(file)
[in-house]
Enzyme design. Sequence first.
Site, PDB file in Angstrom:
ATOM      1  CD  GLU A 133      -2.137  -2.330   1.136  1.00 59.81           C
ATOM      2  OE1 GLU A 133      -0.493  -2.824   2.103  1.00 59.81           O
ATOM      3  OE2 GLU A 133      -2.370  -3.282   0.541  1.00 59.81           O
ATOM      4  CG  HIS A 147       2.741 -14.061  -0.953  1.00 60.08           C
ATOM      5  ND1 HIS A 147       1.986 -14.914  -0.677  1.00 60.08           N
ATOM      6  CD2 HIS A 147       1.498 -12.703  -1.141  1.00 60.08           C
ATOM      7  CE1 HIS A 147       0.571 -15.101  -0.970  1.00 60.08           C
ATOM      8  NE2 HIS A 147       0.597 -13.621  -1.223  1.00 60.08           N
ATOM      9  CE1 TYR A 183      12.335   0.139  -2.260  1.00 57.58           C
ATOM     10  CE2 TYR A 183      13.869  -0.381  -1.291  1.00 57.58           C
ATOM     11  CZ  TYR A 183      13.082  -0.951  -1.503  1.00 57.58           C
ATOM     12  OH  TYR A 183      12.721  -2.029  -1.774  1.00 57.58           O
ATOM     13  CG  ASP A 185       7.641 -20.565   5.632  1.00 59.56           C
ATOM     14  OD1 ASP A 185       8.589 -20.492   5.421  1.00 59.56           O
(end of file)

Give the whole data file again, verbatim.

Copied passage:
[in-house]
Enzyme design. Sequence first.
Site, PDB file in Angstrom:
ATOM      1  CD  GLU A 133      -2.137  -2.330   1.136  1.00 59.81           C
ATOM      2  OE1 GLU A 133      -0.493  -2.824   2.103  1.00 59.81           O
ATOM      3  OE2 GLU A 133      -2.370  -3.282   0.541  1.00 59.81           O
ATOM      4  CG  HIS A 147       2.741 -14.061  -0.953  1.00 60.08           C
ATOM      5  ND1 HIS A 147       1.986 -14.914  -0.677  1.00 60.08           N
ATOM      6  CD2 HIS A 147       1.498 -12.703  -1.141  1.00 60.08           C
ATOM      7  CE1 HIS A 147       0.571 -15.101  -0.970  1.00 60.08           C
ATOM      8  NE2 HIS A 147       0.597 -13.621  -1.223  1.00 60.08           N
ATOM      9  CE1 TYR A 183      12.335   0.139  -2.260  1.00 57.58           C
ATOM     10  CE2 TYR A 183      13.869  -0.381  -1.291  1.00 57.58           C
ATOM     11  CZ  TYR A 183      13.082  -0.951  -1.503  1.00 57.58           C
ATOM     12  OH  TYR A 183      12.721  -2.029  -1.774  1.00 57.58           O
ATOM     13  CG  ASP A 185       7.641 -20.565   5.632  1.00 59.56           C
ATOM     14  OD1 ASP A 185       8.589 -20.492   5.421  1.00 59.56           O